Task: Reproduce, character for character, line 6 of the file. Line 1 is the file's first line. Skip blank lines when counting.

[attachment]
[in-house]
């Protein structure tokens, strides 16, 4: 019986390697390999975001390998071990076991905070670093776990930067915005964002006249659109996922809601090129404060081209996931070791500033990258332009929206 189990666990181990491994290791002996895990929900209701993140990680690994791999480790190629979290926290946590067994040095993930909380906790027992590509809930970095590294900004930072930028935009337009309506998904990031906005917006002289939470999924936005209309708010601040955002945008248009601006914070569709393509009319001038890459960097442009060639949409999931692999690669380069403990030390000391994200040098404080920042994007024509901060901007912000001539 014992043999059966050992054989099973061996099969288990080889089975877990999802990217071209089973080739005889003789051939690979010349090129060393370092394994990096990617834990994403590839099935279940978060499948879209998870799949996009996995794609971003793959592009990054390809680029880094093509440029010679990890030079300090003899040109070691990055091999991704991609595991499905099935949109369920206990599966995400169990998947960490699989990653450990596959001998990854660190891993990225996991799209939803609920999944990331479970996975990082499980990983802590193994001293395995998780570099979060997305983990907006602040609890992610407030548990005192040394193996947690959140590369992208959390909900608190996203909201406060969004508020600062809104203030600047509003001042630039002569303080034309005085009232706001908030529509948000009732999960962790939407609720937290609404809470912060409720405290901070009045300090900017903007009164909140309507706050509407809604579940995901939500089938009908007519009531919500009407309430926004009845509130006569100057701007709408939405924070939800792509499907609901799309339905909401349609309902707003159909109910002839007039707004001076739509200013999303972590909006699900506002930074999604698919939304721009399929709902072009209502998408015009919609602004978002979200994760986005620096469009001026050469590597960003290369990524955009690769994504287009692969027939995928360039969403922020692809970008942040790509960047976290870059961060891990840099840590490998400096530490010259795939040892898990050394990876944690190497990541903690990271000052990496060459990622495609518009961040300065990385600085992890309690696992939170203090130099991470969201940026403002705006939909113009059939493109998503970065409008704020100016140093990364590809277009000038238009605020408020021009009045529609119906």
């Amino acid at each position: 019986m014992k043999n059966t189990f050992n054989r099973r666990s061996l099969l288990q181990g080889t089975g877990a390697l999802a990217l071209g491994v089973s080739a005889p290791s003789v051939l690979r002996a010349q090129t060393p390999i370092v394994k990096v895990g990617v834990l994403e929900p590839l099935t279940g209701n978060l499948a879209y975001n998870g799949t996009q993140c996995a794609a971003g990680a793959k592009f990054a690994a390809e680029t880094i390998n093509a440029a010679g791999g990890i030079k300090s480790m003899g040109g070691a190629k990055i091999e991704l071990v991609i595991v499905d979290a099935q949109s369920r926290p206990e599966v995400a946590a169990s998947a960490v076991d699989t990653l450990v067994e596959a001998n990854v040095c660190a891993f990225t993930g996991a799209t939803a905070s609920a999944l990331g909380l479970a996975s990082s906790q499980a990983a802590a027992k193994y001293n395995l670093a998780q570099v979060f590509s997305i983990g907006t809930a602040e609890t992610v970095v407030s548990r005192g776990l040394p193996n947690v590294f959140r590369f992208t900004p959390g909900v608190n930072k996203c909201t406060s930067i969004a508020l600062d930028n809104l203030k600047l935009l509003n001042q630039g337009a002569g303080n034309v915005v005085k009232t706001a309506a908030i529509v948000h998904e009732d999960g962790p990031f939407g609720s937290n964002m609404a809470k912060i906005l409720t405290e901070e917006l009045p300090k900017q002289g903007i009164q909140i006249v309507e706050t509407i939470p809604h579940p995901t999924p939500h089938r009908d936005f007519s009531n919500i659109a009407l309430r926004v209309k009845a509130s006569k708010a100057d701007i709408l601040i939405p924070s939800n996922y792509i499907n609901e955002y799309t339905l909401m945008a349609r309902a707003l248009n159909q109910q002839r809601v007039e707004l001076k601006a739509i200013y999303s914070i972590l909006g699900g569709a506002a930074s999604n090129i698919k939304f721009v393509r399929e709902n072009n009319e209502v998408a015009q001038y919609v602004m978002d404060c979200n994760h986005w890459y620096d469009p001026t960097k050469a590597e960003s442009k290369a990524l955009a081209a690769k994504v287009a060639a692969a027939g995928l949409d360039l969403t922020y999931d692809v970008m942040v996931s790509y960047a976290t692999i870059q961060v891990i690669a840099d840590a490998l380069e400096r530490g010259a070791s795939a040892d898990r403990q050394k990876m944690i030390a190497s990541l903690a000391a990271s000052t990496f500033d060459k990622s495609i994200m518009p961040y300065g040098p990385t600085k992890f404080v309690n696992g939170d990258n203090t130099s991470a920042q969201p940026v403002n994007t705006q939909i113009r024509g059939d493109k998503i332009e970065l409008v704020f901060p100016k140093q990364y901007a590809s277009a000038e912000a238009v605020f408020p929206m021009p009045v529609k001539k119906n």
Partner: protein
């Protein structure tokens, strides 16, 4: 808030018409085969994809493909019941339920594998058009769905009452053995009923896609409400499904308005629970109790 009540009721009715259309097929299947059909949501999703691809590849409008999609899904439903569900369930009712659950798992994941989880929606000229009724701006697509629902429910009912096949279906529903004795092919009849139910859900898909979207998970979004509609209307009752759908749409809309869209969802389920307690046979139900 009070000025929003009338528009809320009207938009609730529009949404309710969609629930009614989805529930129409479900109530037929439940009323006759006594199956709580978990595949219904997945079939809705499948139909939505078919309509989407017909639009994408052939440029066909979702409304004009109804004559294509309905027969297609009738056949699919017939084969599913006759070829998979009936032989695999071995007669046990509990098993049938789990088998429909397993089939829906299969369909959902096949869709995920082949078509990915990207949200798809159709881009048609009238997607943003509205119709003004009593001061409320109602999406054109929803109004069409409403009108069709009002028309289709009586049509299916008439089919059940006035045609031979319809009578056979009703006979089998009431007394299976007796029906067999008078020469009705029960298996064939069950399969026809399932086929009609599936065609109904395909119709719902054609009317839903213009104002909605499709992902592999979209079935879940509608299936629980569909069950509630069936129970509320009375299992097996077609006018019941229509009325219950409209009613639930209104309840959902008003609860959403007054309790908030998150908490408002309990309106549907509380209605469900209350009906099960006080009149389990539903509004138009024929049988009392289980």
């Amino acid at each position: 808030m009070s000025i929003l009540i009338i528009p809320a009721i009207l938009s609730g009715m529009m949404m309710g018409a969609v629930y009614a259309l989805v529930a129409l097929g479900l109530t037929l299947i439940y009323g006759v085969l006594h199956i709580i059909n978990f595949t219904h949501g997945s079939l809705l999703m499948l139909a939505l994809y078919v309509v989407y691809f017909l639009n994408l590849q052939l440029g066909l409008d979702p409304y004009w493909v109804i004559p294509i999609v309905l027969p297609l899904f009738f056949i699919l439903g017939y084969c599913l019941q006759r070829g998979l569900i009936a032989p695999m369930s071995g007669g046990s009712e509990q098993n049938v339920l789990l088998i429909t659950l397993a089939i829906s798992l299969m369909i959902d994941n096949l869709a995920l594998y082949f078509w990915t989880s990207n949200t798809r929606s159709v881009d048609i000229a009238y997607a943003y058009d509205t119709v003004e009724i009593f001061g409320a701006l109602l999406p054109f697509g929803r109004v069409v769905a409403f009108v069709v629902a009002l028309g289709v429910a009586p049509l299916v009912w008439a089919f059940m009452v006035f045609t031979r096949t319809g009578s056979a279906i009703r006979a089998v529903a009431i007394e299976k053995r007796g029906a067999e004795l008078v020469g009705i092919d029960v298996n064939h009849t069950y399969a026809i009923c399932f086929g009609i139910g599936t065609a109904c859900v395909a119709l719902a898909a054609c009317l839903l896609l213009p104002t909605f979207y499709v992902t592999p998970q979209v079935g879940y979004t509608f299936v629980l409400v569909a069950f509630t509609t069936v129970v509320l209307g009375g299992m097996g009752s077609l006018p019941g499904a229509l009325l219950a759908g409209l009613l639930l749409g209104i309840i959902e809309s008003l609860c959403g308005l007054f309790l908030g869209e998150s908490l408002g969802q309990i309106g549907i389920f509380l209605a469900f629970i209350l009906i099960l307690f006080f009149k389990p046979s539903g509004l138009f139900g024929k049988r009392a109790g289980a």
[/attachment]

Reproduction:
């Amino acid at each position: 808030m009070s000025i929003l009540i009338i528009p809320a009721i009207l938009s609730g009715m529009m949404m309710g018409a969609v629930y009614a259309l989805v529930a129409l097929g479900l109530t037929l299947i439940y009323g006759v085969l006594h199956i709580i059909n978990f595949t219904h949501g997945s079939l809705l999703m499948l139909a939505l994809y078919v309509v989407y691809f017909l639009n994408l590849q052939l440029g066909l409008d979702p409304y004009w493909v109804i004559p294509i999609v309905l027969p297609l899904f009738f056949i699919l439903g017939y084969c599913l019941q006759r070829g998979l569900i009936a032989p695999m369930s071995g007669g046990s009712e509990q098993n049938v339920l789990l088998i429909t659950l397993a089939i829906s798992l299969m369909i959902d994941n096949l869709a995920l594998y082949f078509w990915t989880s990207n949200t798809r929606s159709v881009d048609i000229a009238y997607a943003y058009d509205t119709v003004e009724i009593f001061g409320a701006l109602l999406p054109f697509g929803r109004v069409v769905a409403f009108v069709v629902a009002l028309g289709v429910a009586p049509l299916v009912w008439a089919f059940m009452v006035f045609t031979r096949t319809g009578s056979a279906i009703r006979a089998v529903a009431i007394e299976k053995r007796g029906a067999e004795l008078v020469g009705i092919d029960v298996n064939h009849t069950y399969a026809i009923c399932f086929g009609i139910g599936t065609a109904c859900v395909a119709l719902a898909a054609c009317l839903l896609l213009p104002t909605f979207y499709v992902t592999p998970q979209v079935g879940y979004t509608f299936v629980l409400v569909a069950f509630t509609t069936v129970v509320l209307g009375g299992m097996g009752s077609l006018p019941g499904a229509l009325l219950a759908g409209l009613l639930l749409g209104i309840i959902e809309s008003l609860c959403g308005l007054f309790l908030g869209e998150s908490l408002g969802q309990i309106g549907i389920f509380l209605a469900f629970i209350l009906i099960l307690f006080f009149k389990p046979s539903g509004l138009f139900g024929k049988r009392a109790g289980a």